Bowlers hold their own in shortest format - The New Indian Express

Bowlers hold their own in shortest format

Published: 09th October 2012 10:20 AM

Last Updated: 09th October 2012 10:20 AM

The bowlers had the last laugh in the just concluded World T20 where the Darren Sammy-led West Indies team emerged victorious. When T20 was introduc­ed, many pundits predicted that it would be a batsman-oriented game. But that conce­pt has been changing with the bowlers becoming smarter and sharper. In Sri Lanka, th­anks to the low and slow tra­cks, the batsmen had to work overtime to overcome the bowlers’ domination. It needed a Chris Gayle’s or Marlon Samuels’ innings (semifinals and final) to dominate the bowling. The teams were dismissed in scores between 140-160 on an average. West Indi­es was the only team to cross the 200-mark in the semifinals against Australia.

In the top 10 bowlers’ list, carrom-specialist bowler Ajantha Mendis (15 wickets) bamboozled the batsmen with his variation. So was Sunil Na­rine (9 wickets). Former Test left-arm spinner SL Venkatapathy Raju feels that length was crucial in the bowlers’ armoury.

“Mendis and Narine bowled a beautiful length. The batsmen could not get to the delivery and were often caught on the wrong foot and most of the time batsmen could not read them properly with the delivery either turning away or coming in. They strangled the batsmen and produced wicket-taking deliveries. So­metimes, the batsmen fell to pressure,” said Raju.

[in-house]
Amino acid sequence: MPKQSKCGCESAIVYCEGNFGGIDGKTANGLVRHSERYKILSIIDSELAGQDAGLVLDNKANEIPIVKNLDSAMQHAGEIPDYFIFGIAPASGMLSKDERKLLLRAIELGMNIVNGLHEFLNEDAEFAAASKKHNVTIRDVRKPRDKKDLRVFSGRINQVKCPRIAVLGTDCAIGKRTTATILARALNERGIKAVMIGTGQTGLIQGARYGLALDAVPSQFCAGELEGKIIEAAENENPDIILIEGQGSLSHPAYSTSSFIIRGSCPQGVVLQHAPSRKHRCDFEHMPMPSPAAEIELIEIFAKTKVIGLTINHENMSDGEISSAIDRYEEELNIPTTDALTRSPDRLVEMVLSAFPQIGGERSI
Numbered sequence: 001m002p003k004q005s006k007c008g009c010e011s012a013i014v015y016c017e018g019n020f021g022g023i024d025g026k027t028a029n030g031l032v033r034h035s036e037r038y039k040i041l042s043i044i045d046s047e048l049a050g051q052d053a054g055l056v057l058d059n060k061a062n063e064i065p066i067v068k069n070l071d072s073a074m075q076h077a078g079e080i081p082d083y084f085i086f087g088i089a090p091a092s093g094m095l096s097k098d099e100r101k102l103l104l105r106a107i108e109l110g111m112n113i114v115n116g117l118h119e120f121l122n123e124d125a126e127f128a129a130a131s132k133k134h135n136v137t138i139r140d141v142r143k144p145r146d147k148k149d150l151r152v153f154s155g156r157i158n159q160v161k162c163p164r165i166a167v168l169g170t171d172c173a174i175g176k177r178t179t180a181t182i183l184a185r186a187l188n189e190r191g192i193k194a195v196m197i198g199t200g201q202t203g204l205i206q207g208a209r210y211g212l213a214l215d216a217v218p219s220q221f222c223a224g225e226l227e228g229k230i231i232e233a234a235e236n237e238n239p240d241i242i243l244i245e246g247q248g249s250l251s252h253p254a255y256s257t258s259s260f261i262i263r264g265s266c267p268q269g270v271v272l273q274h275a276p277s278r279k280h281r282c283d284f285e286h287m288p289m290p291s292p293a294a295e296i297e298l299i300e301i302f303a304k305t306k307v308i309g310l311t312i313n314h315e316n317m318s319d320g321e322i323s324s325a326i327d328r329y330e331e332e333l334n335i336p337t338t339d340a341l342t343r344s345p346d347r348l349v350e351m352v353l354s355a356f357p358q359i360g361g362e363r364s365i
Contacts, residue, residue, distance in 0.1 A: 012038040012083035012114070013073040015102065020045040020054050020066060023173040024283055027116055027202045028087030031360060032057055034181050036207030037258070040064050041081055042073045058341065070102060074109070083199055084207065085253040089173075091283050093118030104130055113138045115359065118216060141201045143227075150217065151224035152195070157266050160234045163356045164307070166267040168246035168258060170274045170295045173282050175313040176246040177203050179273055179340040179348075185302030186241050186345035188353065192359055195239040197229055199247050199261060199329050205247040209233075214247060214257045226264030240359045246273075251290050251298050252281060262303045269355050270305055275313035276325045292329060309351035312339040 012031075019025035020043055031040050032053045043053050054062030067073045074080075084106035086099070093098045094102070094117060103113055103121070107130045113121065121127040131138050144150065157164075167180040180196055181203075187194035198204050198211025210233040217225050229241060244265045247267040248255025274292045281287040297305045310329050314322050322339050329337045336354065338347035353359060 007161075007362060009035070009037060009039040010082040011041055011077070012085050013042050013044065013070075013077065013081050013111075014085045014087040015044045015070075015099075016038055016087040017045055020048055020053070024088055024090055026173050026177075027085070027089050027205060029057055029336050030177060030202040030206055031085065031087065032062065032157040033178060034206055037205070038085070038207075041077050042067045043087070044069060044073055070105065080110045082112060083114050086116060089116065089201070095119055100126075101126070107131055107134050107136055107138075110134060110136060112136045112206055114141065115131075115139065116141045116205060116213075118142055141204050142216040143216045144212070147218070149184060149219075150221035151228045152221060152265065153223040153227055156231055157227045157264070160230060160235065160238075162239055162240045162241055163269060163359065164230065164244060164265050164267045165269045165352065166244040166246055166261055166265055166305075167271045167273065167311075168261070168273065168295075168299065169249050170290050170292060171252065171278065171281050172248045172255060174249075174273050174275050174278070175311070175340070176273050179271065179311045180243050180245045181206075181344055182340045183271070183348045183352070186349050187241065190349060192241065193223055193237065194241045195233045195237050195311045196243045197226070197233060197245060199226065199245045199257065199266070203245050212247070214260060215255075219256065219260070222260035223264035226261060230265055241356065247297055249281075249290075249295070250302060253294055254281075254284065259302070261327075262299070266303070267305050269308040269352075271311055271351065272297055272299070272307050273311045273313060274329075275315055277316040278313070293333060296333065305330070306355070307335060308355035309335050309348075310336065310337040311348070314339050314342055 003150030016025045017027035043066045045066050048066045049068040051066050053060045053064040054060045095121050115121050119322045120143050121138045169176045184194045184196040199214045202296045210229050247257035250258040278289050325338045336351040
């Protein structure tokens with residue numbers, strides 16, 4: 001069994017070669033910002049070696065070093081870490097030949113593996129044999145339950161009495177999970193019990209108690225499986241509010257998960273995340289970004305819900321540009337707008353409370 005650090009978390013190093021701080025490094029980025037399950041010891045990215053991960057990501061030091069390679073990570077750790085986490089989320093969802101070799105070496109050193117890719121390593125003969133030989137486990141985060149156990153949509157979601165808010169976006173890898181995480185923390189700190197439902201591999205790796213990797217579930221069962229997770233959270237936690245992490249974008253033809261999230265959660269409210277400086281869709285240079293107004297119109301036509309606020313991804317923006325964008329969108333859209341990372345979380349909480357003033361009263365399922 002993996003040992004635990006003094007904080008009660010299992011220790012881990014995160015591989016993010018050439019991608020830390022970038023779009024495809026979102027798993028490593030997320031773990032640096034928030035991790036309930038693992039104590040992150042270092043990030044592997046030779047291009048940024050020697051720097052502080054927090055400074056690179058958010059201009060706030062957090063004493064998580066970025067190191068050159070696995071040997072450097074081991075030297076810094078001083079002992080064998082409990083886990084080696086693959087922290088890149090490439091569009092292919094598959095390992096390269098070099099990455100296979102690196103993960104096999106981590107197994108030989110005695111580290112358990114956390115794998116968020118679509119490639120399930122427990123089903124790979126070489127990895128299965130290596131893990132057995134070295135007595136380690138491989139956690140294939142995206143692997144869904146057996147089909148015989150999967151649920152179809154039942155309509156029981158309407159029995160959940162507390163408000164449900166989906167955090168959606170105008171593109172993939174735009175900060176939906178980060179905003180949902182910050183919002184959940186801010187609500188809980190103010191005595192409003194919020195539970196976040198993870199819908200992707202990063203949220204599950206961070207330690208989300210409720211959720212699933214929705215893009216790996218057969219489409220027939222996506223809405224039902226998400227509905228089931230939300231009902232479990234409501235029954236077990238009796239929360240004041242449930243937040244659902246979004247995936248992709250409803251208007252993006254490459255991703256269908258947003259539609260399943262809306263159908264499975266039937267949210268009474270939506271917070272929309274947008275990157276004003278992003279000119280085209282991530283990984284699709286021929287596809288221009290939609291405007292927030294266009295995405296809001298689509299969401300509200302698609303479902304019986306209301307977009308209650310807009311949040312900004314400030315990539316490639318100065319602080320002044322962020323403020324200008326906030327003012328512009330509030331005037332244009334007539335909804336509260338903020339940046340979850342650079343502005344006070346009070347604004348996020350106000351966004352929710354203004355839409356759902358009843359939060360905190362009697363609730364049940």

According to Raju, Mendis and Narine were exceptional. “They don’t have the traditio­nal action and sometimes it confuses the batsmen. The slow wickets, too, helped their cause. It will be interesting to see how they bowl on the sea­mer-friendly wickets,” pointed out Raju.

As Mendis and Narine were the bowling heroes, experienc­ed spinners like Saeed Ajmal, Ravichandran Ashwin, Harbhajan Singh, Brad Hogg, Grae­me Swann had a mixed tournament. Though Ajmal bowl­ed a tight line, he could not be as effective as Mendis and Narine.

Raju said West Indies have realised pace was not the only option to conquer the world. “If the 1979 Clive Lloyd team was all about pace of Andy Roberts, Michael Holding, Jo­el Garner, Malcolm Marshall and Colin Croft, this Windies team had only one pace bowler in Ravi Rampaul.”

“The rest of the attack comprised slow medium pacemen in Darren Sammy, Kieron Pollard, spinners Samuel Badree (leggie), Samuels (off-break). Times are changing surely,’’ said Raju.

Debasis Mohanty, former Indian pace bowler, said it was not all about bowling fast in the World T20. “The pace bowlers who bowled back of the length were successful. Shane Watson’s slow bouncers were wicket-taking deliveries. Lakshmipathy Balaji was the other bowler to surprise batsmen with his slow bouncers. Fast bowlers also bo­­wled effective slow cutters to contain and take wickets,’’ reflected Mohanty.

Although, six pace bowlers were in the top list, it was the spinners who had match-winning spells. “In Sri Lanka, the spinners  varied the pace and most of the time they bowled a touch slower forcing the batsman to reach for the delivery,’’ said Mohanty.

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